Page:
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Half the world’s population will have a mental health disorder by age 75

One in two people will develop a mental health disorder in their lifetime, with depression and anxiety being the most common illnesses, new research suggests.

The global study, which involved over 150,000 participants across 29 different countries, found that most mental health disorders first emerge in adolescence, highlighting the importance of investing in mental health services for young people.

Led by the University of Queensland and Harvard Medical School, and published in The Lancet Psychiatry, researchers analysed data from face-to-face interviews with adults collected between 2001 and 2022 as part of the WHO World Mental Health Survey initiative.

Lead author Professor John McGrath from the University of Queensland said the results demonstrate the high prevalence of mental health disorders globally, with 50 per cent of the population developing at least one disorder by the age of 75.

‘The most common were mood disorders such as major depression or anxiety,’ Professor McGrath said.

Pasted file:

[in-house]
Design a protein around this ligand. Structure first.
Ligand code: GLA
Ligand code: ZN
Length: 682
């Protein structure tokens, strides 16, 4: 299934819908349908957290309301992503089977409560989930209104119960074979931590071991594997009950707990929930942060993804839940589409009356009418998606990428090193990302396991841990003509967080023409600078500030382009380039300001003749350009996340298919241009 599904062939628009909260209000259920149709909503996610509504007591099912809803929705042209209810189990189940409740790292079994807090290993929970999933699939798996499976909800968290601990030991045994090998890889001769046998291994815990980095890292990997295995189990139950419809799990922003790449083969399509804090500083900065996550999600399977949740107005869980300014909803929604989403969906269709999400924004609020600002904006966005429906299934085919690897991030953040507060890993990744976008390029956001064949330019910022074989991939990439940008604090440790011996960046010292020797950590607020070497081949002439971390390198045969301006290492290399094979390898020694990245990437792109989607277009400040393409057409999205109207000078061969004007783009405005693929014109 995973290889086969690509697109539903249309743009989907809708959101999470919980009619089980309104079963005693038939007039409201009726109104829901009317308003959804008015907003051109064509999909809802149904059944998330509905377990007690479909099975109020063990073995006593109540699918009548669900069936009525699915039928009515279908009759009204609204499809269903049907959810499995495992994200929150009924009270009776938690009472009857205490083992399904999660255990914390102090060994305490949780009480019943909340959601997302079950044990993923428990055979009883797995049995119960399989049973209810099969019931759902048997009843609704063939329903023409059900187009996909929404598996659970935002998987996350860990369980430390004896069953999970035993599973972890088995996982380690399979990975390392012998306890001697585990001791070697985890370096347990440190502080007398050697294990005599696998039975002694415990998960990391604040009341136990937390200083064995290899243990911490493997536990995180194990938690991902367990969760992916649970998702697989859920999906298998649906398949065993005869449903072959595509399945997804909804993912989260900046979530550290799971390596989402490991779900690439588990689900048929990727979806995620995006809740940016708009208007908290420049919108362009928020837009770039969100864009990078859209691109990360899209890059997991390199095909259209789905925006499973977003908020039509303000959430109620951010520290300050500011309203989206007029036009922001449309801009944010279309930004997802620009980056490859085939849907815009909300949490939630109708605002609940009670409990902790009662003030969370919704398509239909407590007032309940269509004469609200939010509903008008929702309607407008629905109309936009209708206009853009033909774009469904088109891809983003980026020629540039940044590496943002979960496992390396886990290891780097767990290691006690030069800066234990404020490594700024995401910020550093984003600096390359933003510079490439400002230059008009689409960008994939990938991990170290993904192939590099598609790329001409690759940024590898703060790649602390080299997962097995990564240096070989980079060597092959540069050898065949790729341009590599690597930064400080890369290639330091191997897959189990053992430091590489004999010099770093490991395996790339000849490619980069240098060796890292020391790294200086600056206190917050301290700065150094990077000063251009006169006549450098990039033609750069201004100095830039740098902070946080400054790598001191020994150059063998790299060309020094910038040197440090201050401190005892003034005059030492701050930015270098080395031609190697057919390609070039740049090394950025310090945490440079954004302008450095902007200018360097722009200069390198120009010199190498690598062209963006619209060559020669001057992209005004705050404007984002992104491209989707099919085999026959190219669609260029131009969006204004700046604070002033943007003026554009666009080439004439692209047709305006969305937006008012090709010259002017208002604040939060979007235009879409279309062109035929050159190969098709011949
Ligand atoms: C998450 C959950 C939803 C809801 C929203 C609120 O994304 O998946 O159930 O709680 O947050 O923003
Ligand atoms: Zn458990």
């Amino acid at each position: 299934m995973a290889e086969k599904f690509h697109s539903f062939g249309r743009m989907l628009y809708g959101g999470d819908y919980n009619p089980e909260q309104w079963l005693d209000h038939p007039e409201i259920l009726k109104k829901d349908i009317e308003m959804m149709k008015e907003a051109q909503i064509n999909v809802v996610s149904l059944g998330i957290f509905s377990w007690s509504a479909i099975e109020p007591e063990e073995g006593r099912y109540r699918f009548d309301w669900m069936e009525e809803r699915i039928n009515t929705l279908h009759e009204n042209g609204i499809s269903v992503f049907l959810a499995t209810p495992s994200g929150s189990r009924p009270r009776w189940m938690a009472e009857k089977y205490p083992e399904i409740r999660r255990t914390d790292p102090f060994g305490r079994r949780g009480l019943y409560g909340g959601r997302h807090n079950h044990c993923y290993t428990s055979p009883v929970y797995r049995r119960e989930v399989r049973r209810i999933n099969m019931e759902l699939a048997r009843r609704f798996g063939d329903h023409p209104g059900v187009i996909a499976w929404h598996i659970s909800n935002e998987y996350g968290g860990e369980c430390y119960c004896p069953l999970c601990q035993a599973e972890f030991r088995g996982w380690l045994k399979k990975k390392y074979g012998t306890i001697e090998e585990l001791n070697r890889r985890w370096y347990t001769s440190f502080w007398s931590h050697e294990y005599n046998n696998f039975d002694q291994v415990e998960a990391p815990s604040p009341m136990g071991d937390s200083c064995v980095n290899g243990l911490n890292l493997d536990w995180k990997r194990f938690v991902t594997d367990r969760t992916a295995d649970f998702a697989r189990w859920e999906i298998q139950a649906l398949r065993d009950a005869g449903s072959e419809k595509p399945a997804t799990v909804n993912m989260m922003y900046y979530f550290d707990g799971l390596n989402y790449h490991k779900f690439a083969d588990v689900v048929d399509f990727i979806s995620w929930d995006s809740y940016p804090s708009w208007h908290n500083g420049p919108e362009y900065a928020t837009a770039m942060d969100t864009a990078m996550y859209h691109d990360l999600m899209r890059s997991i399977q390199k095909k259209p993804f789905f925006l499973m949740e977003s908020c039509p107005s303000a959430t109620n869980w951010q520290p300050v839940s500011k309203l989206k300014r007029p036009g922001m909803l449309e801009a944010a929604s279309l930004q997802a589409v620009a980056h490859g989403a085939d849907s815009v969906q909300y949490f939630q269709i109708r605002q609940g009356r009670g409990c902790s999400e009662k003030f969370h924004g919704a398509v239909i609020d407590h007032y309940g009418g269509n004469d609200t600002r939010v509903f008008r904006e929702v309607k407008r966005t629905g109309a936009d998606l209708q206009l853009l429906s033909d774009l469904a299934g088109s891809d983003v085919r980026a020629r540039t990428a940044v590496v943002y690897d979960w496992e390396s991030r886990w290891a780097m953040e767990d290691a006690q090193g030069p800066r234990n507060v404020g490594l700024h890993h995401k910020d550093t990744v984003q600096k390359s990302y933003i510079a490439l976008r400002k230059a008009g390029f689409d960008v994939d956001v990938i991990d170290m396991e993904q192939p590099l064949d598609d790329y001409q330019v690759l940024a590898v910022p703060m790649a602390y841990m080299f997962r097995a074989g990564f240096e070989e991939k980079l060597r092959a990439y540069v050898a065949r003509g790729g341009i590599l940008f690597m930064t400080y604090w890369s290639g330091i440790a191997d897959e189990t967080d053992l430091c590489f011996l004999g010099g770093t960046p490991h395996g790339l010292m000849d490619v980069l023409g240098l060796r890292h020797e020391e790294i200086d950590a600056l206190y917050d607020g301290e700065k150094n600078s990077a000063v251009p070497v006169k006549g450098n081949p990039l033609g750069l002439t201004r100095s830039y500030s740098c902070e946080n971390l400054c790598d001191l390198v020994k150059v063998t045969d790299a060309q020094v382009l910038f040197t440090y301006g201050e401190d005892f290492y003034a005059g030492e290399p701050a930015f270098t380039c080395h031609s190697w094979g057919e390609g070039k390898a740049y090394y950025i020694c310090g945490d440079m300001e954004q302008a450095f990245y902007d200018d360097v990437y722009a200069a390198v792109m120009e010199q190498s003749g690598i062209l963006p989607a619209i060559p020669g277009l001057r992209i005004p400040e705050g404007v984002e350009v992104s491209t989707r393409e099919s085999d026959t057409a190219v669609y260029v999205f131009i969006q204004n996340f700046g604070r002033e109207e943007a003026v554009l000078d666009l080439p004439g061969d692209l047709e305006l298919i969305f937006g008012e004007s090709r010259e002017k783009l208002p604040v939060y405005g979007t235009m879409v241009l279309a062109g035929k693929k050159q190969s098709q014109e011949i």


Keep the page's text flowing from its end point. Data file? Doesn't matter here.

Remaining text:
The researchers also found that mental health disorders varied between men and women. Men were more likely to suffer from alcohol abuse, and women more likely to develop post-traumatic stress disorder. Both sexes were commonly diagnosed with depression and specific debilitating phobias.

Mental health disorders were also found to typically first emerge in childhood, adolescence or young adulthood, with the peak age of first onset being 15 years of age. The median age of onset for men was 19, and for women it was 20.

Professor Ronald Kessler from Harvard Medical School stated that investment in mental health services should have a particular focus on young people.

‘Services need to be able to detect and treat common mental disorders promptly and be optimised to suit patients in these critical parts of their lives,’ he said. ’By understanding the age at which these disorders commonly arise, we can tailor public health interventions and allocate resources to ensure that appropriate and timely support is available to individuals at risk.’

According to the World Health Organization (WHO), a mental disorder is a ‘clinically significant disturbance in an individual’s cognition, emotional regulation, or behaviour’ resulting in heightened distress and impaired functioning.

In 2019, 97 billion people worldwide were suffering from a mental health condition, and by 2020 that number had risen significantly, with at least a 26 per cent increase in depression and anxiety caused by the Covid-19 pandemic.

A version of this article was originally published by our sister publication Nursing in Practice.

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